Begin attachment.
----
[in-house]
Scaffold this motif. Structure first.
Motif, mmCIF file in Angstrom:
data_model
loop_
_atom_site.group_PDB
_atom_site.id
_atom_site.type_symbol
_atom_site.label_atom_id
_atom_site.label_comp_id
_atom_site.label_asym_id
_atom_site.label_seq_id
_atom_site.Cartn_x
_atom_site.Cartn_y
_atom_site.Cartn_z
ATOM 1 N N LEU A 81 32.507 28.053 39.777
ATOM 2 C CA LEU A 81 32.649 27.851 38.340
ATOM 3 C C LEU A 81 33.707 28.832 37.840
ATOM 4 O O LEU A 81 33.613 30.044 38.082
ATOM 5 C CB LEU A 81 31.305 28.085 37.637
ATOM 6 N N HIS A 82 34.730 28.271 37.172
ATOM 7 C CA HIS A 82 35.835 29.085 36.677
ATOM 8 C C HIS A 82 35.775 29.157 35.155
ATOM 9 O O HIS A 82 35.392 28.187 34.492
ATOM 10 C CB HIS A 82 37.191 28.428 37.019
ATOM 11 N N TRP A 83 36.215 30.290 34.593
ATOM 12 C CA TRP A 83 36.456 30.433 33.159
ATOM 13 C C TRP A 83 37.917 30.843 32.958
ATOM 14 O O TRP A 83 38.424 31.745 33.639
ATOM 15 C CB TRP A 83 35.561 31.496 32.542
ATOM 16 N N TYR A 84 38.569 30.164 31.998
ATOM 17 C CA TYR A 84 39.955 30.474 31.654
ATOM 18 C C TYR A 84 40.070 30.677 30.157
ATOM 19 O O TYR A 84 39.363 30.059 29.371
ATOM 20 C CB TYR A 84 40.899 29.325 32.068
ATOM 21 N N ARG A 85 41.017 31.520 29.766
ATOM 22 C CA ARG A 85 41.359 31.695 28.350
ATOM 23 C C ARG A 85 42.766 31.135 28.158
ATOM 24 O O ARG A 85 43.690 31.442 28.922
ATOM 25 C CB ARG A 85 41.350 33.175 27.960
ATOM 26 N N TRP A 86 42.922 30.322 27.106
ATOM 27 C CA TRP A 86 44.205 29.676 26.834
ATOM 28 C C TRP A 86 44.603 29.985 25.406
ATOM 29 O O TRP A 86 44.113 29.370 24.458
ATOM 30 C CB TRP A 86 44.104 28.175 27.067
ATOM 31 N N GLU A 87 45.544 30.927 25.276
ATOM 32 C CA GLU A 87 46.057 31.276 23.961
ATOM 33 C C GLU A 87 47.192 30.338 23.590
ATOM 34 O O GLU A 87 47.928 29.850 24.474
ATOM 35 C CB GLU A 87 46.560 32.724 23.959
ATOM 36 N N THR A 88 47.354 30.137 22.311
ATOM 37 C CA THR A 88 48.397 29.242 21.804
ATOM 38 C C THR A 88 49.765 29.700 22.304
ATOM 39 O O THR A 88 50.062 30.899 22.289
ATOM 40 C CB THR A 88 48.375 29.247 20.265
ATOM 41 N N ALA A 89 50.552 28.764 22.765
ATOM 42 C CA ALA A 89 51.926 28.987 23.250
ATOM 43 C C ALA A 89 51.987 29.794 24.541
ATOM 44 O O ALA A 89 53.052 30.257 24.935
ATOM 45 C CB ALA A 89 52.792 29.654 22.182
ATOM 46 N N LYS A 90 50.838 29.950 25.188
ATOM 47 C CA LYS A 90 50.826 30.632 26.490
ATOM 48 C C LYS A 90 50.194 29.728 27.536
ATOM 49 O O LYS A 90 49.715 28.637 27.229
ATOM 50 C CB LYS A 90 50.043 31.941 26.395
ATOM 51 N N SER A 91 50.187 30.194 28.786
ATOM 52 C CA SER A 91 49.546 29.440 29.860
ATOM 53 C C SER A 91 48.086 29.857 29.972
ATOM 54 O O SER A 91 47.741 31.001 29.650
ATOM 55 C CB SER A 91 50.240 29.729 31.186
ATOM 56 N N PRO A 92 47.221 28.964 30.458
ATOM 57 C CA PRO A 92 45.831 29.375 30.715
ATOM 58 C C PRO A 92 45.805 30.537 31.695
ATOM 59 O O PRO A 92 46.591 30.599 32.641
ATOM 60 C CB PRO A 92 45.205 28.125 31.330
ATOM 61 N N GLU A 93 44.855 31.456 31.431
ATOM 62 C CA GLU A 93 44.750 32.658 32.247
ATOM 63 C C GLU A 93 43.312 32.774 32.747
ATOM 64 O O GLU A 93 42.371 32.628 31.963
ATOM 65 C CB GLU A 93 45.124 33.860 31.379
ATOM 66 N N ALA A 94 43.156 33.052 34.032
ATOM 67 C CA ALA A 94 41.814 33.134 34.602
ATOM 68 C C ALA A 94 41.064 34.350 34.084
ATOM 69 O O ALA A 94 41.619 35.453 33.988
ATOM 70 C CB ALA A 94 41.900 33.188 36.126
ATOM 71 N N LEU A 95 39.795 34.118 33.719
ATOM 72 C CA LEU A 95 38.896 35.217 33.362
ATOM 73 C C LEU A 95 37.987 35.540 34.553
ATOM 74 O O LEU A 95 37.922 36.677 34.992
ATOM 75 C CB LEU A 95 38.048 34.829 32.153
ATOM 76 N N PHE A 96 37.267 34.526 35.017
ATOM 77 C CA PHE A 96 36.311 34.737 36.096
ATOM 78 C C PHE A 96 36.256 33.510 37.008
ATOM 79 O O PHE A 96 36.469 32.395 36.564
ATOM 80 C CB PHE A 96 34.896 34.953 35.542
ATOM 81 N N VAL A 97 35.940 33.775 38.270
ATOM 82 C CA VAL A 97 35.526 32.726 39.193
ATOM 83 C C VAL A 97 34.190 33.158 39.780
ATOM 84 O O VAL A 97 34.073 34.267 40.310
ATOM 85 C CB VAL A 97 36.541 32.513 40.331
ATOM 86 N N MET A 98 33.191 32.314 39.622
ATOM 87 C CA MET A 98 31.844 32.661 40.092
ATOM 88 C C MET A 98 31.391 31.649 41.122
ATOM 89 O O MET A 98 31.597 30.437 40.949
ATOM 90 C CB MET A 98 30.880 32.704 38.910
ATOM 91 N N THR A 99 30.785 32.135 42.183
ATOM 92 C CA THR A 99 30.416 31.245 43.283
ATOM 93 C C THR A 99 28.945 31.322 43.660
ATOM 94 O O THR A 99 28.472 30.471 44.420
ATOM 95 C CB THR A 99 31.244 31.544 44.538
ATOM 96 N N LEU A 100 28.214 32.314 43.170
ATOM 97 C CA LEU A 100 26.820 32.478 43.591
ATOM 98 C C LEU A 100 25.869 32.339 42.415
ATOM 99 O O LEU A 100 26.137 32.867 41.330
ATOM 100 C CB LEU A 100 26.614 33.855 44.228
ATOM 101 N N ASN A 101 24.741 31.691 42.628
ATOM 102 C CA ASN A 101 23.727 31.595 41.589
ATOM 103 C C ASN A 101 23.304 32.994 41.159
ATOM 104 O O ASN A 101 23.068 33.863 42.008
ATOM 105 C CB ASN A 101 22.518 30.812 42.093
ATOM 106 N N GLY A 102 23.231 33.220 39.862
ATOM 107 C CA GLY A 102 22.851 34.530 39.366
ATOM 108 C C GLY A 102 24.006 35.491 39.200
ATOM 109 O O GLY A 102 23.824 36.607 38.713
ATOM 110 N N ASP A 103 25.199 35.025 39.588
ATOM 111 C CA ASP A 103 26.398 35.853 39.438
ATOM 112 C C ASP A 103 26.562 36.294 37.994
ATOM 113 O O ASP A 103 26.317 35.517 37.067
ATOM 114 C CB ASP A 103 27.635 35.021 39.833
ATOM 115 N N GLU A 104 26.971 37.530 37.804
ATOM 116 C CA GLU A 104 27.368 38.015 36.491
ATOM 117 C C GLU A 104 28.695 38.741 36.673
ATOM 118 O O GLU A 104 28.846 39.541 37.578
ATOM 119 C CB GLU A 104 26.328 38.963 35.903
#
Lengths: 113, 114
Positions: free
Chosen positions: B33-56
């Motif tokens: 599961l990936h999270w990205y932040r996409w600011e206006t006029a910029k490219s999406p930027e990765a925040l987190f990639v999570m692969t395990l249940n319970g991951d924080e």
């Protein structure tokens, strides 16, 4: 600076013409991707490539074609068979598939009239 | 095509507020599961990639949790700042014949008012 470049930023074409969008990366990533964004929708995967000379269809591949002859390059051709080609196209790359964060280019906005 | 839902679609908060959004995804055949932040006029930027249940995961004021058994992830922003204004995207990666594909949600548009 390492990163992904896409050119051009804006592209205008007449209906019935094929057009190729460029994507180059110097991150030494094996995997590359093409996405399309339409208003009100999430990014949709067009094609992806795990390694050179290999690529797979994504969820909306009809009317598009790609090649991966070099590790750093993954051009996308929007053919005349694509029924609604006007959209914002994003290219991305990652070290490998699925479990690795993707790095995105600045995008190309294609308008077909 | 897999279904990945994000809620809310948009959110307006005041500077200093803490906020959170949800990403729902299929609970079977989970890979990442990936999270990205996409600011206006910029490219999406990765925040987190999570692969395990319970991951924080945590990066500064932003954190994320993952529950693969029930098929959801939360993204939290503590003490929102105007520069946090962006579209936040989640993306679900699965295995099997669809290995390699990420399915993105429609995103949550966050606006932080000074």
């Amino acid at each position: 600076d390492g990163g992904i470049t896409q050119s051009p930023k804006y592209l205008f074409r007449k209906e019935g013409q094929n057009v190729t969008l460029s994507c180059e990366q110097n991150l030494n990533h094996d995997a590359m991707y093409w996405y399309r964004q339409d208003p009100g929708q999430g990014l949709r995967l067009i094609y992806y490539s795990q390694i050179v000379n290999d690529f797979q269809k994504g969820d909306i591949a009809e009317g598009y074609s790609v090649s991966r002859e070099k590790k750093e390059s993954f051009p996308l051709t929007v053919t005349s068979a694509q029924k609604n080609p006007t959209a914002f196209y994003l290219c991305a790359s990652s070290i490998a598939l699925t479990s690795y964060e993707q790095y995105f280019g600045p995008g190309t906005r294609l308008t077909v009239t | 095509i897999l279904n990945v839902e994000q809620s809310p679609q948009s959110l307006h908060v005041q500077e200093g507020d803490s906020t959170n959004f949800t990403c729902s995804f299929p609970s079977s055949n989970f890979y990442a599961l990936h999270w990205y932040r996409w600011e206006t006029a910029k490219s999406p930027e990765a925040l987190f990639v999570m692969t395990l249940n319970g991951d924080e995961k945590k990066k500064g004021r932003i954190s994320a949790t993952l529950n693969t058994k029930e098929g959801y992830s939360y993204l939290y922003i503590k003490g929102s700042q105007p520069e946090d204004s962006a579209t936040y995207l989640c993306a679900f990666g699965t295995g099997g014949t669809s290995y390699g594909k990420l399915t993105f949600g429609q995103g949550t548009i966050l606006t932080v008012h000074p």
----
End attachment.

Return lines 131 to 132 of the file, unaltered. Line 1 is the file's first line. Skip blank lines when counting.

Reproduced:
ATOM 116 C CA GLU A 104 27.368 38.015 36.491
ATOM 117 C C GLU A 104 28.695 38.741 36.673